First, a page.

It has been a busy year for Syracuse's economic development:
The Mayor announced $200 million to kickstart an innovation and technology led economic development initiative known as Syracuse Surge;
The city beat out 250 other applicants for a $3 million JP Morgan Chase grant that will target workforce training efforts in populations typically left behind in the growth of the tech economy;
The Brookings Institute highlighted Syracuse Tech Garden and growth of mid-size cities like Syracuse; AND
Microsoft (!!) recently announced that it plans to open a hub that will support start-up technology and workforce training as part of the Syracuse Surge initiative.
In 10 months, the city’s planning efforts have transformed into reality by attracting financial resources, willing regional partners and businesses to help achieve economic goals. Now, there’s a long road ahead to further build out these plans but interest from the private sector exhibits positive signs for the future of Syracuse.
While large scale economic development initiatives like Surge are one component of enhancing the city’s economic profile, the city also recognizes that commercial districts are the economic backbones of a city’s neighborhoods–they are places where the community accesses employment opportunities as well as necessary goods, services, and amenities. After a successful pilot corridor study along South Avenue in 2018, the city embarked on enlarging the model to cover 10 commercial corridors. Led by Camoin 310, along with our partners Streetsense, the 2019 Commercial Corridor Study is now in the final stages of planning.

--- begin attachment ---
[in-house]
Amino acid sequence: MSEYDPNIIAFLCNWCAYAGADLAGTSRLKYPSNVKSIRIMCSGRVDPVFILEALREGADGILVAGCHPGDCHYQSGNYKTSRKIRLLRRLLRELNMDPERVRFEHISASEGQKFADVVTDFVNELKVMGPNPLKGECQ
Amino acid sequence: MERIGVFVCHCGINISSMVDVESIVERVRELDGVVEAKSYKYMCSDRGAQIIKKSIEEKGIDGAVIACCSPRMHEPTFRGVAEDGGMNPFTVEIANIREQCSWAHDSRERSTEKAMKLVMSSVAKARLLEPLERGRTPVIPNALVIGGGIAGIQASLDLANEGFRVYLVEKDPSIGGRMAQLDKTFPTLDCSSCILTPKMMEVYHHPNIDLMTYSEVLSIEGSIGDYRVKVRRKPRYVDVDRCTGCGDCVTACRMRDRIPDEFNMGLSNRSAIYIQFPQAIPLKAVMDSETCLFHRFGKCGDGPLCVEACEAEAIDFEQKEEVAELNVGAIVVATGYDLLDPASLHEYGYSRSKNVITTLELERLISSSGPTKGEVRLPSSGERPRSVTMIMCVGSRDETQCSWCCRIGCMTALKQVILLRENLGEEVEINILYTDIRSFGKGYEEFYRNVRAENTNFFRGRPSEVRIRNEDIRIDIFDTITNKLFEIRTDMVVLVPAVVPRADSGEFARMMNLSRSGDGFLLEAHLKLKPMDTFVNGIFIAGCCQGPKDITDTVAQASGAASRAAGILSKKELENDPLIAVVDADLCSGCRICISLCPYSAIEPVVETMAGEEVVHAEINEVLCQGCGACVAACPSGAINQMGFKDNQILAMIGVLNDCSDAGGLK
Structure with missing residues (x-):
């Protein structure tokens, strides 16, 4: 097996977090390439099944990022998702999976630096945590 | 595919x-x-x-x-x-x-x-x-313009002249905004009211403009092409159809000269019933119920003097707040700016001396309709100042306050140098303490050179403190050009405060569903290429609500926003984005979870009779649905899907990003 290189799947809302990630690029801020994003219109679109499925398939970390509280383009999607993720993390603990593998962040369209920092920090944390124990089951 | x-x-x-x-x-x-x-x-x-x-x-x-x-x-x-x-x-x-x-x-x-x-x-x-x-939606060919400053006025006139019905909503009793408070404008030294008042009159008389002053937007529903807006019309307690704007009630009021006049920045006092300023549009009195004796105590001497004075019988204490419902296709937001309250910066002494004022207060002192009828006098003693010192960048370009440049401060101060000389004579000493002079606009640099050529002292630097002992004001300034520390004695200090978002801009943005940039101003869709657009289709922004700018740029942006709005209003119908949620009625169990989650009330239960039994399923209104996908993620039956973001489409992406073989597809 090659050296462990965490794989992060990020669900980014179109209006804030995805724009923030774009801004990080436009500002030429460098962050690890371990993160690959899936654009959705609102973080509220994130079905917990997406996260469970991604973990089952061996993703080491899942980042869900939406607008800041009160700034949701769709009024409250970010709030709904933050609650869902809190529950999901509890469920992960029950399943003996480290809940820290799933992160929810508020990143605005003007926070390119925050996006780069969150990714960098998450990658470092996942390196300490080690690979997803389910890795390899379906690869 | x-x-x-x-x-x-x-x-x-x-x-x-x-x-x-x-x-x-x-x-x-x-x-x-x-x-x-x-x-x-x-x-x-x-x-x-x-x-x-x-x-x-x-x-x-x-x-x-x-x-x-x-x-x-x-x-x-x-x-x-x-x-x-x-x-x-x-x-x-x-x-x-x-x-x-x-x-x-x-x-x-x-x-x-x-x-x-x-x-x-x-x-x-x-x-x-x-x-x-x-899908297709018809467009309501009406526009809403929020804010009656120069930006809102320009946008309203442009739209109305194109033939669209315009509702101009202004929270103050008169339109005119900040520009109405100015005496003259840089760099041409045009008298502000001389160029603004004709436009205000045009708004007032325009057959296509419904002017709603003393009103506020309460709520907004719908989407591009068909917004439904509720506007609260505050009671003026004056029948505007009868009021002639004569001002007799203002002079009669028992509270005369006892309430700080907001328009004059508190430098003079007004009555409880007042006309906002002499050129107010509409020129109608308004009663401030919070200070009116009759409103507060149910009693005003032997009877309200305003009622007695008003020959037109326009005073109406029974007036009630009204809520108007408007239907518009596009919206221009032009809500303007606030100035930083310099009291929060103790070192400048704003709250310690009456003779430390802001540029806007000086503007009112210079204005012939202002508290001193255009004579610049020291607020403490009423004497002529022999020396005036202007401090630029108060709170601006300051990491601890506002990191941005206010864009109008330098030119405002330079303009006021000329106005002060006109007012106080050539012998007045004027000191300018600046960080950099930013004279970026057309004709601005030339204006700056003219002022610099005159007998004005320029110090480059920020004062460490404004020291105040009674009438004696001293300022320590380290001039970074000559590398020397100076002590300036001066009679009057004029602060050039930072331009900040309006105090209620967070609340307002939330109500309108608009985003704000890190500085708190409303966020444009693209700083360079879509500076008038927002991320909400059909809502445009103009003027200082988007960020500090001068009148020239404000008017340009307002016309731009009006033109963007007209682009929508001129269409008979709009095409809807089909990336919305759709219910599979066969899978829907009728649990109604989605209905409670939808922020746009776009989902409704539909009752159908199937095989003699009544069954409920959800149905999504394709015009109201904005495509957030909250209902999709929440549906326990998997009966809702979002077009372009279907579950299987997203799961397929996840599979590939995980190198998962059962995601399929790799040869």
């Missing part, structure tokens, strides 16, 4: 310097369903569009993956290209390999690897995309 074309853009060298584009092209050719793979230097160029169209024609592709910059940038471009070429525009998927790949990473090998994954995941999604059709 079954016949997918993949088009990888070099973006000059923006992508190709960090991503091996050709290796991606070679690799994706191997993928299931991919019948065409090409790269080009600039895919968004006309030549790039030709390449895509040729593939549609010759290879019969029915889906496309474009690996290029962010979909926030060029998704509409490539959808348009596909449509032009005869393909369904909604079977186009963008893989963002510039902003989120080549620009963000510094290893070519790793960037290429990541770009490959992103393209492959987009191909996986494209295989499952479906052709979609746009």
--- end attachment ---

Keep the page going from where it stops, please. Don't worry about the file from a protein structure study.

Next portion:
The planning process has been grounded in economic analysis and determining market demand for the commercial corridors studied. This includes quantitative data from the Census and related sources, as well as on-the-ground discussion with community groups, neighborhood leaders and businesses. With retail continuing to transform as an industry, neighborhoods once based on retail brick and mortar are still feeling the ramifications of market shifts. Camoin 310’s research will help to accompany the retail analysis, and determine what other industries are growing regionally and could potentially be a fit to fill brick and mortar spaces once destined to be retail stores.
The study will culminate in an Action Plan Matrix that prioritizes which recommendations will have the greatest impact on the corridors and city-wide economic activity. The Division of Neighborhood and Business Development (NBD) has already begun to have internal conversations about the implementation structure to ensure that the plan is carried forward and becomes integrated with efforts like Surge.
Stayed tuned for the final report and keep your eye
out for Syracuse in the news – big things are happening!
Get Started on Your Community's Place-based
Approach to Commercial Corridor Revitalization
Based on our experiences working with communities across the country, in this white paper we share what we have learned and practical applications regarding the changing retail landscape and what they mean for communities looking to support main street corridors.